Wednesday, July 28, 2004

School may test athletes for drug use


Walton-Verona set to vote

By Karen Gutierrez
Enquirer staff writer

WALTON - Student athletes in the Walton-Verona school system may be taking drug tests beginning this fall.

The school board is considering a new policy that would require all students to be tested when their sport begins, followed by random tests during the season. The program would put the district among a handful of others in Northern Kentucky, including Erlanger-Elsmere, Campbell County and Dayton, that test athletes.

"I'm totally for it," said basketball and volleyball player Megan Huellemeier, a senior at Walton-Verona High School. "People look up to student athletes as role models. If we can cut (drugs) out there, it will at least kind of control it."

The Walton-Verona district has 508 students in 7-12th grade, 287 of whom play sports.

Since last spring, high school officials have been meeting with teachers, parents and students to get their input on drug testing.

The catalyst was a survey given to students every two years. Over time, it has shown that the perception of drug use among students is higher than the reality, Principal Mark Krummen said. Some students might be tempted to try drugs based on those perceptions, he said. The threat of drug tests will give them a tool for resisting peer pressure.

District officials cautioned that the policy is preliminary. The school board may make changes before taking a final vote next month.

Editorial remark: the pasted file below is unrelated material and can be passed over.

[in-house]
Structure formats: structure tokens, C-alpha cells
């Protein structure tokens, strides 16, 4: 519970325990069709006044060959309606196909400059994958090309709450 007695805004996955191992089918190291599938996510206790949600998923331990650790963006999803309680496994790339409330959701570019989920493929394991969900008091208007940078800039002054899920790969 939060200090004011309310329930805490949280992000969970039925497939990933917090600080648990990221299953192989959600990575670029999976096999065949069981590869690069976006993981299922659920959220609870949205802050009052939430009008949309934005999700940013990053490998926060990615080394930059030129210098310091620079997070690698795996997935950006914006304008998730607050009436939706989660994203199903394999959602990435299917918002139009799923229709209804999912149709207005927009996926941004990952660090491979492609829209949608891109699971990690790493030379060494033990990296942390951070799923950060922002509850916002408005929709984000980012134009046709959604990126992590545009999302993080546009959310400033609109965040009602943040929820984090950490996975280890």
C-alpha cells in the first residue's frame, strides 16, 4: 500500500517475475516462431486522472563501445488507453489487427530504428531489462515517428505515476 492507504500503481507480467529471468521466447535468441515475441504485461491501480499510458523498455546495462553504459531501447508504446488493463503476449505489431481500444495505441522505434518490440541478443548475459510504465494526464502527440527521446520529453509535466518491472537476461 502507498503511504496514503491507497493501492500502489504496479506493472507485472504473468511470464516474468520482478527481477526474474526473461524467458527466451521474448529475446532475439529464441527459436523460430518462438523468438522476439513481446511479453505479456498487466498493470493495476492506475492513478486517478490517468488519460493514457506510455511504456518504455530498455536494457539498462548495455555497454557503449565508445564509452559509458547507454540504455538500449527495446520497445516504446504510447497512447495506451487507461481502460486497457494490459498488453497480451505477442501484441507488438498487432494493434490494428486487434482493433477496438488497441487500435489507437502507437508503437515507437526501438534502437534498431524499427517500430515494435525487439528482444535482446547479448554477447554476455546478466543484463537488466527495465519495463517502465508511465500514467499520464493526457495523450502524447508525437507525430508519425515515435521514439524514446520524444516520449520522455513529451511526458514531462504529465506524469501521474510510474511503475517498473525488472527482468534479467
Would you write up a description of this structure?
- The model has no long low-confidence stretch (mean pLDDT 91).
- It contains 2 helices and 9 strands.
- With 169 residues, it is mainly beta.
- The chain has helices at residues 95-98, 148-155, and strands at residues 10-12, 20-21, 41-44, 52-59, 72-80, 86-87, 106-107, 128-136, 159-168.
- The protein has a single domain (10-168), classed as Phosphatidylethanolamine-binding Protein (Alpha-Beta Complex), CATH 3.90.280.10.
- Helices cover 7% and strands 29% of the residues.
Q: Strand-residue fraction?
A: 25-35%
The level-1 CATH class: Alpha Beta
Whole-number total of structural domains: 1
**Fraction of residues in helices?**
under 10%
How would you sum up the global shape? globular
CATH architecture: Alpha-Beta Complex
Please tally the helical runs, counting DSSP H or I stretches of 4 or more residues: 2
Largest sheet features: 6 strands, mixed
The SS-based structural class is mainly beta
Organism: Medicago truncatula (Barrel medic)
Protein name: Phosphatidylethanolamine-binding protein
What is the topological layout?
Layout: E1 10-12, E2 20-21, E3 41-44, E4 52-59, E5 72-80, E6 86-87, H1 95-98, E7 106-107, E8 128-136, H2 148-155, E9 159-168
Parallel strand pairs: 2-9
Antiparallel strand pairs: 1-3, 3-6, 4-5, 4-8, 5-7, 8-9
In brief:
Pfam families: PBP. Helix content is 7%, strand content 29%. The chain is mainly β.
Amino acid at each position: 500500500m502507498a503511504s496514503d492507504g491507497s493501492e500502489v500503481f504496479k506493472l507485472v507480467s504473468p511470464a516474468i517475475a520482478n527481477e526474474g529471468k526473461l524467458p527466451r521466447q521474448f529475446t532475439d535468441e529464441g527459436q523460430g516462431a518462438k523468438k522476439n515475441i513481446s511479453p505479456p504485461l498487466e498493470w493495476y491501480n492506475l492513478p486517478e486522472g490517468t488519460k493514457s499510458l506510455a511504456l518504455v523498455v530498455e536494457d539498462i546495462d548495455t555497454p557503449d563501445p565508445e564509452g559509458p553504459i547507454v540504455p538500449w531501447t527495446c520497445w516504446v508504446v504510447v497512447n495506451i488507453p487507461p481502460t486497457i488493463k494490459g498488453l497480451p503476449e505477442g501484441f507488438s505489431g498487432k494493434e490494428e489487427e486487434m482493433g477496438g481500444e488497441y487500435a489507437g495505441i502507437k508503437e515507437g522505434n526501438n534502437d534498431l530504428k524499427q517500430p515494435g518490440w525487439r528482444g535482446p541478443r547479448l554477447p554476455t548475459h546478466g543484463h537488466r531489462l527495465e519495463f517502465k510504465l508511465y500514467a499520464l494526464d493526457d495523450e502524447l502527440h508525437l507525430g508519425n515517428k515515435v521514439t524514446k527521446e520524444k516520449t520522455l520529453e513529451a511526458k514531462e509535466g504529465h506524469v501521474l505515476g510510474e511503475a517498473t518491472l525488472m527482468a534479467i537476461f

The draft calls for the following:

• A preseason meeting with parents and students will cover expectations, and students will sign an anti-drug contract.

• After teams are selected, all athletes will be given a drug screening test. If they fail, students will take another test to confirm the results.

• Those who test positive must enroll in a 10-day drug intervention program and will be ineligible to play or practice their sport until they complete the program and pass another drug test. They then must pass a test every 30 days for the rest of their season.

• Consequences for the students' sports participation increase with further violations. However, the students' test results will not lead to disciplinary action such as suspension or expulsion, nor will the results be included in student records.

---

E-mail kgutierrez@enquirer.com




2004 DEMOCRATIC NATIONAL CONVENTION
Weiser: Are they chanting 'Jerry' or 'Kerry'?
Kerry portrayed as a hero
Text of Sen. Edward Kennedy's speech
Son of goat herder addresses Dems
Text of the keynote address by Barack Obama
Kucinich delegates weigh their choice
Even reruns beat politics
Convention notebook
Gannett News Service convention coverage
Enquirer's election section

TOP LOCAL HEADLINES
Languishing on the riverfront
Bengals lawsuit provokes outrage
Disabled man mistreated by E-check staff
Gay-rights supporters file for repeal
AllOut mag debuts Aug. 19
WLWT editor fired over insert
Van shooting victim in critical condition
Drug dealer to battle sentence
Drake halts TV ads paid by levy
UC targets potential lung cancer gene for treatment
Medicare to cut cancer docs' pay
Deters cleared, aides guilty
Lawsuit: Goering botched estate
Local news briefs

KENTUCKY HEADLINES
I-471 study to include new ramps at each end
School may test athletes for drug use
Nick sticks to home front
Creditors continue to file against Florence's baseball team
Claims alleging sex abuse rise to 19
Kids learn to manage their money at camp
Grieving mother urges speed limit
Smoking-ban trial set for bingo hall

EDUCATION
CPS rethinks suspensions
Greeks give lessons

NEIGHBORS
Neighbors news digest

GOOD THINGS HAPPENING
Summer charity helps children, elderly cool off

LIVES REMEMBERED
Arthur Church was Democratic activist, lawyer
Ralph Clark headed Cincinnati Bar Assn.